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Geek+ raises another $100M for its warehouse robots – TechCrunch

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Two things are for certain: 1) There continues to be a lot of excitement around warehouse robotics and 2) Geek+ is extremely good at raising money based on that fact. The Beijing-based warehouse robotics firm just raised another $100 million in funding, labeled a “Series E1,” with participation from Intel Capital, Vertex Growth and Qingyue Capital Investment.

The last time we wrote about the company was still fairly early on in the pandemic — June 2020 — when it had just raised a $200 million Series C. Meantime, the company raised an undisclosed Series D last year. Certainly there’s no lack of investor interest in the firm at the moment, with this most recent round valuing Geek+ at somewhere around $2 billion.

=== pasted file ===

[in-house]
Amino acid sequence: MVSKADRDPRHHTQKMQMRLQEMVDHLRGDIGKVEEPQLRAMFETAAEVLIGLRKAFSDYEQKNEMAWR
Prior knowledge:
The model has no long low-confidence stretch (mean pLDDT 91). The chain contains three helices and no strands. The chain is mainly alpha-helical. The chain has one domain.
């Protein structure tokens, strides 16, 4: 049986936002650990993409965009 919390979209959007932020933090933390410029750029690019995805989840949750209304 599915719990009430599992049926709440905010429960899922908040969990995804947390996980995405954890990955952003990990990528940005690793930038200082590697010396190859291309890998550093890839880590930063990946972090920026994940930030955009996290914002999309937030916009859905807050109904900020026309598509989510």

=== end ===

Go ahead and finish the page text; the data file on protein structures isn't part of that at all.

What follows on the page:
I’d say it’s probably a good idea to get funding while the funding’s good. While the space will almost certainly continue to grow, there’s likely to be a bit of a correction here, as investments respond to broader market trends. Meanwhile, Geek+ is posting impressive numbers, including $150 million in revenue last year, coupled with $300 million in orders. As pandemic waves continue to result in shutdowns in China and elsewhere, it’s easy to see why companies continue investing in these technologies.

Geek+ mentions “global expansion” as one of the primary motivators for its seeking additional funding. Notably, fellow Beijing-based firm, ForwardX Robotics expanded into the U.S. earlier this month, on the heels of its own Series C. In July, Geek+ announced deployments in both North and South America. The firm also has multiple partner deals in Europe.